Preparing for a no-deal Brexit: travelling between the UK and the EU

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On 23 August 2018, the UK Government began publishing technical notes on the effect of a no-deal Brexit. These notes are intended to provide guidance to citizens, businesses, public sector bodies and Non-Governmental Organisations in the United Kingdom on how to prepare for the possibility of the UK leaving the EU next March without concluding a Withdrawal Agreement. It is expected that around eighty technical notes will be published in total. Over the next two months SPICe Spotlight will provide analysis and comparative information on a number of these. The first blog provided an overview of the UK Government’s Preparations for a no-deal Brexit.

This article covers four related technical notes:

Travelling to the EU with a UK passport

Most EU countries are members of the Schengen Agreement, which removes passport checks and border controls at the borders between countries within the Schengen area. Once inside, EU citizens, and many non-EU nationals, can travel freely as though in one country. As EU citizens, British nationals currently benefit from visa-free entry to the Schengen area with a valid passport.


The note states that, after 29 March 2019, the EU will consider British passport holders to be third country nationals under the Schengen Border Code. Third country nationals are citizens of countries which are not in the EU or EEA and are required to comply with different rules to enter and travel around the Schengen area, including the common visa policy. Third country passports must be:

  • valid for at least another 6 months for travel to most EU countries; and
  • less than 10 years old (even with 6 months or more validity left)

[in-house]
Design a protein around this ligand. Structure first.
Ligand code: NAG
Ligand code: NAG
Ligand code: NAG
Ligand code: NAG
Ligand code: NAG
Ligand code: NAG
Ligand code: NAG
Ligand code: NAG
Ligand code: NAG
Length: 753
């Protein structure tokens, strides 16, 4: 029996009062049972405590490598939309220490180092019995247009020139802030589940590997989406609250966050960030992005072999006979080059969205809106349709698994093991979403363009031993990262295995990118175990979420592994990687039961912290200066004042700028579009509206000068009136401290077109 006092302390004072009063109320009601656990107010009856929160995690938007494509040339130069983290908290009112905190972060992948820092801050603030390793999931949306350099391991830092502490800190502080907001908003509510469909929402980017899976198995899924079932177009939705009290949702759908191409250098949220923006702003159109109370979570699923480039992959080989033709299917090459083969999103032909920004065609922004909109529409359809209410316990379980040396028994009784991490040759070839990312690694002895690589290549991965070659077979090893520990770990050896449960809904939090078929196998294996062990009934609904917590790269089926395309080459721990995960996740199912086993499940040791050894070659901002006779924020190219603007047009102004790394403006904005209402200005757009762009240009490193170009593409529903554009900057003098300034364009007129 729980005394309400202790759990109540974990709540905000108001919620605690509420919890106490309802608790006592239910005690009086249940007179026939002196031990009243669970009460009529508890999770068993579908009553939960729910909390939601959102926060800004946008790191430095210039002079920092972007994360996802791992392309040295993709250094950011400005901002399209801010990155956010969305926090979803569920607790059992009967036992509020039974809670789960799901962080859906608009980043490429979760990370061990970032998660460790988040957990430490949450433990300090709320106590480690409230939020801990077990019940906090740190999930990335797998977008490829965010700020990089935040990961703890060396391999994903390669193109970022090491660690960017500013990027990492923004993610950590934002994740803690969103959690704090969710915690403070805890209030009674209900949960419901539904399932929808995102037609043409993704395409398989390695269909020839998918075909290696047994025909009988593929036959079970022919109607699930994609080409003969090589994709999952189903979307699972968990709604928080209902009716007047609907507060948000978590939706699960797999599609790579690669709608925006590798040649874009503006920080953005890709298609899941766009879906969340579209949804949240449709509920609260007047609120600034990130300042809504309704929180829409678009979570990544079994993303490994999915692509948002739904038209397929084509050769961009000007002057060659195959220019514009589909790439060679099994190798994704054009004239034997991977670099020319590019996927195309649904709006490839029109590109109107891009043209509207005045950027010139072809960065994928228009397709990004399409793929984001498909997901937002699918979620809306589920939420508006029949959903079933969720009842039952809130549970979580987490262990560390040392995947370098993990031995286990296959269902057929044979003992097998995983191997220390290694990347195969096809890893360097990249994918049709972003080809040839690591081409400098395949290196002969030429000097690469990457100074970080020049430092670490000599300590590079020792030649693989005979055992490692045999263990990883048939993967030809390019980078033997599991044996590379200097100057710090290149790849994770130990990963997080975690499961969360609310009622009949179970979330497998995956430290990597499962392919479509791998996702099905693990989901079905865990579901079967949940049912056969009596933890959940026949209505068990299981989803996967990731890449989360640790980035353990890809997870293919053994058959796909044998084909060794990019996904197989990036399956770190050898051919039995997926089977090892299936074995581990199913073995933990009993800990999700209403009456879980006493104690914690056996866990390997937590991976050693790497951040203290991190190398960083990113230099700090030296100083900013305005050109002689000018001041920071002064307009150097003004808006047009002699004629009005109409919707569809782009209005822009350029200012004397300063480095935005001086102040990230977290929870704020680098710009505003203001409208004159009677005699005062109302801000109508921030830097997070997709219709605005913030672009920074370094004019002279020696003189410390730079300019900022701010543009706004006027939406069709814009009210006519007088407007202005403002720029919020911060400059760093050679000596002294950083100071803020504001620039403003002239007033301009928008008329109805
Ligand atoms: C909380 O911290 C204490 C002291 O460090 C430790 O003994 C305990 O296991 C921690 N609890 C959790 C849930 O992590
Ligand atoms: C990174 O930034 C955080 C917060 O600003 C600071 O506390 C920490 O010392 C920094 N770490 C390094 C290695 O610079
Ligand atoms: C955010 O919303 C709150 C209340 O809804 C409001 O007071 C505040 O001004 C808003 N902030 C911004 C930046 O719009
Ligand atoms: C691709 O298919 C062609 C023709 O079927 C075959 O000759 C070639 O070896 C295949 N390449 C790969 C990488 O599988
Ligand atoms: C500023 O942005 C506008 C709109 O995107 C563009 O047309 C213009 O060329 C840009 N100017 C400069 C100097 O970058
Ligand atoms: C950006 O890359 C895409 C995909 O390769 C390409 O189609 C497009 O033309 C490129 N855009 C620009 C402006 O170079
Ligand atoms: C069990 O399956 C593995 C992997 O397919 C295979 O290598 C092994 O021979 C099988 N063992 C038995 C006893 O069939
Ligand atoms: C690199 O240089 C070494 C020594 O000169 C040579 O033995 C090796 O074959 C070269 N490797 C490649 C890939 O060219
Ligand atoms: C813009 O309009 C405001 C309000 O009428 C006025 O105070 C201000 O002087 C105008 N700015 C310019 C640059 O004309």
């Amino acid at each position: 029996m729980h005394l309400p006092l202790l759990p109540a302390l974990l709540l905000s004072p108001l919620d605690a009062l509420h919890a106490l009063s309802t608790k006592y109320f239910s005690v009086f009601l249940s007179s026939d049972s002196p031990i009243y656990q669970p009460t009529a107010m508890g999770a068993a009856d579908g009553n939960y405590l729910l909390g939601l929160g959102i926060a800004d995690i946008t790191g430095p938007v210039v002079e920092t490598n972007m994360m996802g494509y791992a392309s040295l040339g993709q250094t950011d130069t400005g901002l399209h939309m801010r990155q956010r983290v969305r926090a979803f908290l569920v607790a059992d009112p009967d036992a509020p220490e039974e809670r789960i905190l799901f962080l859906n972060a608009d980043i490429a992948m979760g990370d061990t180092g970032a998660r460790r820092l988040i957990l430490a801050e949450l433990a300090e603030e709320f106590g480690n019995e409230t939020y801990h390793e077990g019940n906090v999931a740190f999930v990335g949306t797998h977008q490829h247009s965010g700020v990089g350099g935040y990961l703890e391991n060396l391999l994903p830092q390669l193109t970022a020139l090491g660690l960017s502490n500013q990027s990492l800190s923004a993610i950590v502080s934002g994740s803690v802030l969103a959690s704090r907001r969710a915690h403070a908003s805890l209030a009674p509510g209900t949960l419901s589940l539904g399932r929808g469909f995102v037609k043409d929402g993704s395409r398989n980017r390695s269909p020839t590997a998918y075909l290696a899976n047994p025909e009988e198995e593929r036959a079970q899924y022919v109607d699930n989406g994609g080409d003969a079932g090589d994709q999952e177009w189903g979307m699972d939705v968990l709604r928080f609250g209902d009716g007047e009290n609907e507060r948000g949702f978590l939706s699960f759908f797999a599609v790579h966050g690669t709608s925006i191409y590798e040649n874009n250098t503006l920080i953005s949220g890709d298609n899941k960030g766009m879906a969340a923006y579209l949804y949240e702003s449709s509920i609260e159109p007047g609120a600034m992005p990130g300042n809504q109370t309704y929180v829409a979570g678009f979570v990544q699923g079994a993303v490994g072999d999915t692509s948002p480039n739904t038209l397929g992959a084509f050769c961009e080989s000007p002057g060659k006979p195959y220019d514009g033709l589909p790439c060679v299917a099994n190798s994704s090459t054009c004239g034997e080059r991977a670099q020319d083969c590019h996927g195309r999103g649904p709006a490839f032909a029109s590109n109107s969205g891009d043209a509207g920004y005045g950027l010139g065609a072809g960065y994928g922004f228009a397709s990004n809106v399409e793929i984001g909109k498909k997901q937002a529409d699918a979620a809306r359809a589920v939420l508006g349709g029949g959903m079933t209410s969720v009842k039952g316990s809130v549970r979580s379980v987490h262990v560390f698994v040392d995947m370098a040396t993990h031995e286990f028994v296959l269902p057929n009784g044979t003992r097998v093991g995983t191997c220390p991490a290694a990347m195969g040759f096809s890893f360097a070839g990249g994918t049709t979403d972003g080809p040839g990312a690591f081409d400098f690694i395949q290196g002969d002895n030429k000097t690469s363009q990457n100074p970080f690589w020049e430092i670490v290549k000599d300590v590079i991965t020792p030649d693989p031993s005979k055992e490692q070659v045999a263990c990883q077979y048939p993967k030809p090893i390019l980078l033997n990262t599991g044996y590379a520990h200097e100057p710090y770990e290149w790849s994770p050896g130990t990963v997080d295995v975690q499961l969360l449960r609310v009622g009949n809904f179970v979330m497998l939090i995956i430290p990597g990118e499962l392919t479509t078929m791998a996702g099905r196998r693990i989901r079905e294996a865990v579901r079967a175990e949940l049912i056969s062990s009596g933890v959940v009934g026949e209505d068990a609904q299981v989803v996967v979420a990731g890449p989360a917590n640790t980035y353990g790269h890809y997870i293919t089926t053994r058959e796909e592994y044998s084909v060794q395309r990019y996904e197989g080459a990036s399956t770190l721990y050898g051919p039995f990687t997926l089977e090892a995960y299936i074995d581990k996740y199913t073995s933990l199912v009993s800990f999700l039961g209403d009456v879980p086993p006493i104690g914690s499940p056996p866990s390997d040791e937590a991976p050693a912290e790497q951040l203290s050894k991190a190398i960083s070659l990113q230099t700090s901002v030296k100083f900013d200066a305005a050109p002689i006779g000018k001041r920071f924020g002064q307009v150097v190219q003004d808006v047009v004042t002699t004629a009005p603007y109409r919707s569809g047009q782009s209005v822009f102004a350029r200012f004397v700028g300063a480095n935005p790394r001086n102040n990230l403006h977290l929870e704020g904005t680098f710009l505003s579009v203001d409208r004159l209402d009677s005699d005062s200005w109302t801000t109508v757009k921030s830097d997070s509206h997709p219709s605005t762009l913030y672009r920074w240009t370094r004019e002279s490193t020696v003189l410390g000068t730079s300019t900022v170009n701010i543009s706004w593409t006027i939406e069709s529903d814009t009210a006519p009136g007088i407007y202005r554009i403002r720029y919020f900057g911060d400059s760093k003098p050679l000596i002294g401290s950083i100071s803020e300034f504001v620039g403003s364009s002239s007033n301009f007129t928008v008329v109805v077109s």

Failure to meet these criteria may result in denial of entry to any of the Schengen area countries. The note recommends that, to avoid non-compliance, a standard ten-year adult passport should be no more than nine years and six months old on the day of travel, or four years and six months for a five-year child passport. For EU countries not in the Schengen area, individuals should check the specific entry requirements for the country concerned.

From 2001, British passports renewed before the expiry date could have the time remaining added to the new passport. The maximum validity period allowed was ten years and nine months. Such passports may fail to meet the criteria outlined in the Schengen Border Code. Since the start of September 2018, extra validity is no longer added to UK passports, in line with recommendations made by the International Civil Aviation Organisation, and to ensure passport validity in the Schengen area.

The note highlights that the design of the British passport is due to change after the UK leaves the EU. Blue passports will be issued from late 2019 onwards.

Travelling within the Common Travel Area and the associated rights of British and Irish Citizens

The note discusses the Common Travel Area (CTA) – an arrangement between the UK, the Crown Dependencies (Jersey; Guernsey; Isle of Man) and Ireland. The CTA ensures that British and Irish citizens can move freely between and reside throughout these islands. It is not reliant on membership of the EU as it is based on domestic legislation and bilateral agreements. For other nationalities, the CTA’s internal borders are subject to some immigration restrictions but only very minimal border controls. British citizens in Ireland and Irish citizens in the UK can move to and work in each other’s jurisdictions unhindered and enjoy associated rights and entitlements including access to employment, healthcare, education, social welfare benefits, and the right to vote in certain elections.